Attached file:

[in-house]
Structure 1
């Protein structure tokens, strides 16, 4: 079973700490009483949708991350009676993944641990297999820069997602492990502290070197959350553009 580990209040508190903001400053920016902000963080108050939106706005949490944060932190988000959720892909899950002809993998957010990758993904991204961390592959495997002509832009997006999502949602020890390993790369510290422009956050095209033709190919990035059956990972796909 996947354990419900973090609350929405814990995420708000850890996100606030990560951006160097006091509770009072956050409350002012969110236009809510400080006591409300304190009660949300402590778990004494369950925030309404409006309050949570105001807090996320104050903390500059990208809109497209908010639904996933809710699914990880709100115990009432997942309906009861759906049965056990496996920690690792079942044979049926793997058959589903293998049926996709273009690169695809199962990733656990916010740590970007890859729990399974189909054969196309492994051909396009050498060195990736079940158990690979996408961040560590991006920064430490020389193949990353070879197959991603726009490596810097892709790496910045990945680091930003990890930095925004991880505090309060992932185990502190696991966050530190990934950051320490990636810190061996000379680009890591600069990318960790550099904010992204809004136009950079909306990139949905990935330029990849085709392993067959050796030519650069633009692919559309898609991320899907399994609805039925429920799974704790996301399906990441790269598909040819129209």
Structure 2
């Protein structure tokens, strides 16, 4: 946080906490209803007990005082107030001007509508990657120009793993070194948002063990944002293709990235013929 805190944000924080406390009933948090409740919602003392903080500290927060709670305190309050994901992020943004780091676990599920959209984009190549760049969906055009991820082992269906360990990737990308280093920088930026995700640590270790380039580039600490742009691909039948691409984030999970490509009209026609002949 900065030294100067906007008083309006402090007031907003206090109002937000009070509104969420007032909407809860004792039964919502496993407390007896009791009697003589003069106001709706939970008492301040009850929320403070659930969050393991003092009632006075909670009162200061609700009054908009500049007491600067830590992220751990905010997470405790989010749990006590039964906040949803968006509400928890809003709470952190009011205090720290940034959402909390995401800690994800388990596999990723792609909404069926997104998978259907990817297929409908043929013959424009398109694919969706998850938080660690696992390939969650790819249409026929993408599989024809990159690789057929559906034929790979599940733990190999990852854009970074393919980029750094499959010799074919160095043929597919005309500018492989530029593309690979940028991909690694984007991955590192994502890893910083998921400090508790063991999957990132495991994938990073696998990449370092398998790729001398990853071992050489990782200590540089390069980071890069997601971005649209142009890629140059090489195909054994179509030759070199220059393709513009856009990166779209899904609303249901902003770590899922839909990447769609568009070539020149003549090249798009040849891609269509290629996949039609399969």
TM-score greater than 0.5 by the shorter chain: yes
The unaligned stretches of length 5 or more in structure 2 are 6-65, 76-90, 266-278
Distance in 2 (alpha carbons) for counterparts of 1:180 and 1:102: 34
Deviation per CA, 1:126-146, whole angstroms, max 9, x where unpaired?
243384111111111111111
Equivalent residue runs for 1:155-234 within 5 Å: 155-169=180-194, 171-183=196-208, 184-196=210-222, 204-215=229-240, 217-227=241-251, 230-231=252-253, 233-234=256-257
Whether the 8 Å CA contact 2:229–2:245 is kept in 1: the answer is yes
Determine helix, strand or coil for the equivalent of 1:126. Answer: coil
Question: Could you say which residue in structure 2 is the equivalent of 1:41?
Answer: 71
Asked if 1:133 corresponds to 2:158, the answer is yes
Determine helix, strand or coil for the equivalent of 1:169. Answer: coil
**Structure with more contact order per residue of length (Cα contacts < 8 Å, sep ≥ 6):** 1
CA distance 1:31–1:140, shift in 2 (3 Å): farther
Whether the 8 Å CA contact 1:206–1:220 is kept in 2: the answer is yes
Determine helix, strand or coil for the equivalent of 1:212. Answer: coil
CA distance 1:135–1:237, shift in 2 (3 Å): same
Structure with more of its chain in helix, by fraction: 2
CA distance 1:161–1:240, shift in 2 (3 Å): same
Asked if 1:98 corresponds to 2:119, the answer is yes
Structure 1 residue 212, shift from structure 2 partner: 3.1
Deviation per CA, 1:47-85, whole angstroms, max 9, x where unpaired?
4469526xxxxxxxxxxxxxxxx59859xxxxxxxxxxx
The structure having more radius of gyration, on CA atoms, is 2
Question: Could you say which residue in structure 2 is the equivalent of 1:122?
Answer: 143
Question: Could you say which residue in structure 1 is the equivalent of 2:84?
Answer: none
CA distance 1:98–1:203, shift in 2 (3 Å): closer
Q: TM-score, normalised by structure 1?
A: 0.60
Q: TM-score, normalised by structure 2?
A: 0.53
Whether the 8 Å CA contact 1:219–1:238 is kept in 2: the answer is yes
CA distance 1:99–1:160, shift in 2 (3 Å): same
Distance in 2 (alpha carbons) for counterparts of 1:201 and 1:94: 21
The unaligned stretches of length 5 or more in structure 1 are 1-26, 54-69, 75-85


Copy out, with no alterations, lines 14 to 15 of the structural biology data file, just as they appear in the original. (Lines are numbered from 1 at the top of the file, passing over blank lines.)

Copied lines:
Question: Could you say which residue in structure 2 is the equivalent of 1:41?
Answer: 71